Can I Please Have Your Undivided Attention?

Published on February 2, 2001

In a world where everything is rosy for a sales person, there would not be any unhappy customers and complaints to deal with. Actually, that might not be as good a situation as one thinks.

I am not saying having unhappy customers is good. Obviously we all want customers who love what we do and continuously come back for more. What I am talking about is the level of attention one gets when a customer with a complaint is on the phone with us.

Milton Gralla, founder of the magazine empire Gralla Communications, once told me that as President of his company he made it a point to take every customer complaint call when possible. He insists this one act was the foundation for all of his success. Why? As Milton would say, name any other time a sales person is likely to get a customers undivided attention.

Sales people are always struggling to gain the time and attention of their customers. They are always competing with the normal every day challenges buyers are being forced to deal with. But when a customer calls with a complaint, they are giving you their undivided attention.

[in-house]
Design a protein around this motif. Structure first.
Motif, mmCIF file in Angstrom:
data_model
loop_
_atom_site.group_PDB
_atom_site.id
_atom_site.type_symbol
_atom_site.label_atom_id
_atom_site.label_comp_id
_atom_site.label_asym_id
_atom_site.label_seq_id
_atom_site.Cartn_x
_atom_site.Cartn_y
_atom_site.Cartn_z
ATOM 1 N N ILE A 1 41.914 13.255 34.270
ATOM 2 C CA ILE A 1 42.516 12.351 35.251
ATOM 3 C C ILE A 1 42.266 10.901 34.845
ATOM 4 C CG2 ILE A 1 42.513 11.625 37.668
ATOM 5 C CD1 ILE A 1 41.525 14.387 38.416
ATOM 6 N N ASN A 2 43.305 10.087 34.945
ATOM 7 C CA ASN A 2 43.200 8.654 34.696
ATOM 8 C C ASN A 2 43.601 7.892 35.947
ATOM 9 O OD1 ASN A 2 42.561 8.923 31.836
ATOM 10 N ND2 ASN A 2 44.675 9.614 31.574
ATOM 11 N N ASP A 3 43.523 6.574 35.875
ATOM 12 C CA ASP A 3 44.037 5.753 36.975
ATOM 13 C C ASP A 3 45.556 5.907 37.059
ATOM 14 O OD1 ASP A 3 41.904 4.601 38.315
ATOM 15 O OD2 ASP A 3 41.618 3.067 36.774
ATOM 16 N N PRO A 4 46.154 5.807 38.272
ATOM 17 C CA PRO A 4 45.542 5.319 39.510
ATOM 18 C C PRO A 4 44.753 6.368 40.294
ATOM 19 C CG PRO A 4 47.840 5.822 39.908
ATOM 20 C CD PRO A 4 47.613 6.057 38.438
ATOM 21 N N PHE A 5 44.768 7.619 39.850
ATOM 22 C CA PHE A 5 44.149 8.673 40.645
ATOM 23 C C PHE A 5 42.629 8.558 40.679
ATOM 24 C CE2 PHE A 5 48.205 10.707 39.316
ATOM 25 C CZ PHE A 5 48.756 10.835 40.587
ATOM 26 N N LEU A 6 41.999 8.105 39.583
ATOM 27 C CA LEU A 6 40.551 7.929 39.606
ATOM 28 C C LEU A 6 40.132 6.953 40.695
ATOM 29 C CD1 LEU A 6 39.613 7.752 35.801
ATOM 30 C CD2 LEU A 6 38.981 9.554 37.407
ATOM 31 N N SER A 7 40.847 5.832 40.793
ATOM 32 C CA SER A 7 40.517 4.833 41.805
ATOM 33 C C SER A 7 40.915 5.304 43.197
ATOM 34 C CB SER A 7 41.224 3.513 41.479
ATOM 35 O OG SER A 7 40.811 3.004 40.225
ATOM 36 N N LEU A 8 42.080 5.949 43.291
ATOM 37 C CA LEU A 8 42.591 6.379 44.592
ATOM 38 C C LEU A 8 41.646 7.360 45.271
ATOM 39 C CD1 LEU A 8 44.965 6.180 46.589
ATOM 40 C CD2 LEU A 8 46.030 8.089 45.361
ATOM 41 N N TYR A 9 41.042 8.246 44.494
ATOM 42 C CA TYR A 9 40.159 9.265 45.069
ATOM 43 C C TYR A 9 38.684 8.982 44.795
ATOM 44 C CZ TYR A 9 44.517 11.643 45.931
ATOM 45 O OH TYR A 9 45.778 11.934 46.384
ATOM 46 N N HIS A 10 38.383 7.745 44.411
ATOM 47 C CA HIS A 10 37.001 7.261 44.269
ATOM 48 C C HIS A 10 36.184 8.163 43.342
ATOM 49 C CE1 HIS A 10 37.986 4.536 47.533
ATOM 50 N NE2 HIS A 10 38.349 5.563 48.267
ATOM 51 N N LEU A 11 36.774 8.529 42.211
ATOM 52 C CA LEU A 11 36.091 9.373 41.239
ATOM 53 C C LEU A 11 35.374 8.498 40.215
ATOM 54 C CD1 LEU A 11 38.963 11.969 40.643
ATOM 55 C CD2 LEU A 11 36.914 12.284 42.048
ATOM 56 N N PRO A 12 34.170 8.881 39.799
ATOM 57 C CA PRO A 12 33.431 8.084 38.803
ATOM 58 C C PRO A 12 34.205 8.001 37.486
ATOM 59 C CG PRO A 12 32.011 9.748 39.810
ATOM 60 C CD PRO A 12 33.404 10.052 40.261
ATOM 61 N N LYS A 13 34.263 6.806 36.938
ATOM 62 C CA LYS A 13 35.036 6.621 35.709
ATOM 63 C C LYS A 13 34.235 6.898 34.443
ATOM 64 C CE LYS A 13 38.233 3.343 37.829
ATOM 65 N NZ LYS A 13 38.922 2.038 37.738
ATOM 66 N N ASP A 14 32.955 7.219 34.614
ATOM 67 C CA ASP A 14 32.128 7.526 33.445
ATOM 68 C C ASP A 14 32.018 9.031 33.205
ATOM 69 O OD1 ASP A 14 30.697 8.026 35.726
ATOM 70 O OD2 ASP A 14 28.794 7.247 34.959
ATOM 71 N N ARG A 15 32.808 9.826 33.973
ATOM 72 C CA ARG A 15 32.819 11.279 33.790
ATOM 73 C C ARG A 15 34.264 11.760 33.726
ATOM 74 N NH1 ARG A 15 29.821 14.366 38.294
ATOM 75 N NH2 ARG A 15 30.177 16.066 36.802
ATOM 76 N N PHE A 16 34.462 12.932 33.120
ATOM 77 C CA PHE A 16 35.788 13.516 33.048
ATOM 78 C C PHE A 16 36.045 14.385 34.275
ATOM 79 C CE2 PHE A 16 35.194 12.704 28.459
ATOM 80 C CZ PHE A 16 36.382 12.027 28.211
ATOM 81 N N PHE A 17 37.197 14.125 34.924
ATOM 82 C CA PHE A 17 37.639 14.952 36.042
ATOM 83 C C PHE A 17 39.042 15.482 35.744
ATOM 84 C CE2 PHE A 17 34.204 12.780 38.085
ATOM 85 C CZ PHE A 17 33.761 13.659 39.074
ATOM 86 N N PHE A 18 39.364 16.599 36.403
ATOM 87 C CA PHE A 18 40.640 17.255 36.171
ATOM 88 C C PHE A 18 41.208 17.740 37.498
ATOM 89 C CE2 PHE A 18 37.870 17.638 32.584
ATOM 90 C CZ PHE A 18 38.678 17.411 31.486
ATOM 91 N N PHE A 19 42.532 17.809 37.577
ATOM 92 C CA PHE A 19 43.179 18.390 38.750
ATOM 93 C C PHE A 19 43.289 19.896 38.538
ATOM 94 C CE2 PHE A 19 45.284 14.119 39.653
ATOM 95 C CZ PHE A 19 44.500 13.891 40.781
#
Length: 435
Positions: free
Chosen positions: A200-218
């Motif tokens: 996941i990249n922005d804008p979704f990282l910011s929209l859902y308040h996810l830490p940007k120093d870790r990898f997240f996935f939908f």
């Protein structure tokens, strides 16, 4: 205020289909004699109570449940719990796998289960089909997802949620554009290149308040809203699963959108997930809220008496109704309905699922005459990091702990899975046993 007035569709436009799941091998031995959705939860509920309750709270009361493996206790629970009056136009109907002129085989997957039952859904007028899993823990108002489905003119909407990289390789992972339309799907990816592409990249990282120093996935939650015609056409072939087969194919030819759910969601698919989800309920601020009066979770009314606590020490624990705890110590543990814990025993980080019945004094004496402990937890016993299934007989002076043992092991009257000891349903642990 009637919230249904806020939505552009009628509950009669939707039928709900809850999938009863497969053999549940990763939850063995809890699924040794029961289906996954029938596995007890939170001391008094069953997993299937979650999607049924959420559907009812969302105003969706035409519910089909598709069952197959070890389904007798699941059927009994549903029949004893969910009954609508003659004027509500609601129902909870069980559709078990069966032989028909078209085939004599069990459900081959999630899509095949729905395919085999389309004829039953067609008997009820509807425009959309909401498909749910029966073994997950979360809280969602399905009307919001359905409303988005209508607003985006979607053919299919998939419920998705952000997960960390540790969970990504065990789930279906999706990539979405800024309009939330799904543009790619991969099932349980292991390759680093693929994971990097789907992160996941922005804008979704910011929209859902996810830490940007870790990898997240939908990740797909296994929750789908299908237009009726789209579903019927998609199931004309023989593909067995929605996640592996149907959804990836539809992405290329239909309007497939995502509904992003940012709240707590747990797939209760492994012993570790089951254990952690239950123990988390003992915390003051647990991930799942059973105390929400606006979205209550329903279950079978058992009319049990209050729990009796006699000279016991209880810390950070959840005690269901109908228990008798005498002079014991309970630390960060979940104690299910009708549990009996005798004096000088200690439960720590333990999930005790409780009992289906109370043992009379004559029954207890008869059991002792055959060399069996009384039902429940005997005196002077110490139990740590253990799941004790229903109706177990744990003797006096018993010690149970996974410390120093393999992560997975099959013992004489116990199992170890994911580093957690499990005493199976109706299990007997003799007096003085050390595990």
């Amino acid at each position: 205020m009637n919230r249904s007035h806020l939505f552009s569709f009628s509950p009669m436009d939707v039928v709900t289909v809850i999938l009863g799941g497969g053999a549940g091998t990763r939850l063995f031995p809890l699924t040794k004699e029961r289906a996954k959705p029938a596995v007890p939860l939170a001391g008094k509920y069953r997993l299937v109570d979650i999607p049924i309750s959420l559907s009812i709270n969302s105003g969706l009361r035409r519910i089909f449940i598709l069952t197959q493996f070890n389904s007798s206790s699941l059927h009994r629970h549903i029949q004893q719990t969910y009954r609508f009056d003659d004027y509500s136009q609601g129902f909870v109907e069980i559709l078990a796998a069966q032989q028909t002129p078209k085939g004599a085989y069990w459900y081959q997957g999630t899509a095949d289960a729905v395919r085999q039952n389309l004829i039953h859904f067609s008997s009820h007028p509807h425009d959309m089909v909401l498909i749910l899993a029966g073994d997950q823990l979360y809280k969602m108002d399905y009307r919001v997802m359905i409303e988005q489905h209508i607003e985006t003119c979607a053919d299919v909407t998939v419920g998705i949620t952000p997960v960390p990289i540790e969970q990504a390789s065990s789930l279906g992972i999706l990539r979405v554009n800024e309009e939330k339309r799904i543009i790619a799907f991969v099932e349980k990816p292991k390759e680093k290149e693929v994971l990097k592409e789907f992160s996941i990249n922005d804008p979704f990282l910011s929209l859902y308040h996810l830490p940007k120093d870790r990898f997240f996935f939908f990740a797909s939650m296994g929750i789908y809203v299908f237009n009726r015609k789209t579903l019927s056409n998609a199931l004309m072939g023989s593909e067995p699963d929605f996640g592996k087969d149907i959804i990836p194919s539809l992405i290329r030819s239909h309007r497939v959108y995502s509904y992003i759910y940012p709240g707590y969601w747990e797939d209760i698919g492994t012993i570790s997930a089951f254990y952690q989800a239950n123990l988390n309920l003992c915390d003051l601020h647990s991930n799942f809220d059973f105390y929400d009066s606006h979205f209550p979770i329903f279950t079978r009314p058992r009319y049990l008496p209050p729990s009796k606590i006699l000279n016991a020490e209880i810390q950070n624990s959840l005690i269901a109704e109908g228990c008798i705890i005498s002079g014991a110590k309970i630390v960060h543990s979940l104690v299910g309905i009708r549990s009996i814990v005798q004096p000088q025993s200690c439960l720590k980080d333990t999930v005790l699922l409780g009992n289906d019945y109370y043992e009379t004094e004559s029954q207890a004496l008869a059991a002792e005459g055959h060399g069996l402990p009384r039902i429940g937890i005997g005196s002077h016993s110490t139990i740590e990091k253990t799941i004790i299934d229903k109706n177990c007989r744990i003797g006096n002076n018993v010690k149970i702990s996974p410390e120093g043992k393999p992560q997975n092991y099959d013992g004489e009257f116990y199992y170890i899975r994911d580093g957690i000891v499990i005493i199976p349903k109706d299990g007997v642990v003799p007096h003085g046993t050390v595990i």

What paradigm do you operate from when taking a complaint call? Do you view it as a negative interaction you wish you never had to deal with? Or do you view it as an opportunity to solve the problem and expand the relationship. Milton Gralla knew if he could personally solve his customer’s problems, they would be open to new ideas on how to expand the relationship. This was his number tool to build business with existing customers.

Next time the customer calls with a complaint, how about answering it with the mindset of “glad you called- how can I help you today”. Solve the problem, and then use the opportunity of taking advantage of their undivided attention to expand the relationship. In the end, it costs a great deal more in terms of money, energy and resources to close business from new customers then it does to expand business with existing customers. You just have to be in the frame of mind willing to take advantage of the opportunity, even if it starts out being a complaint.

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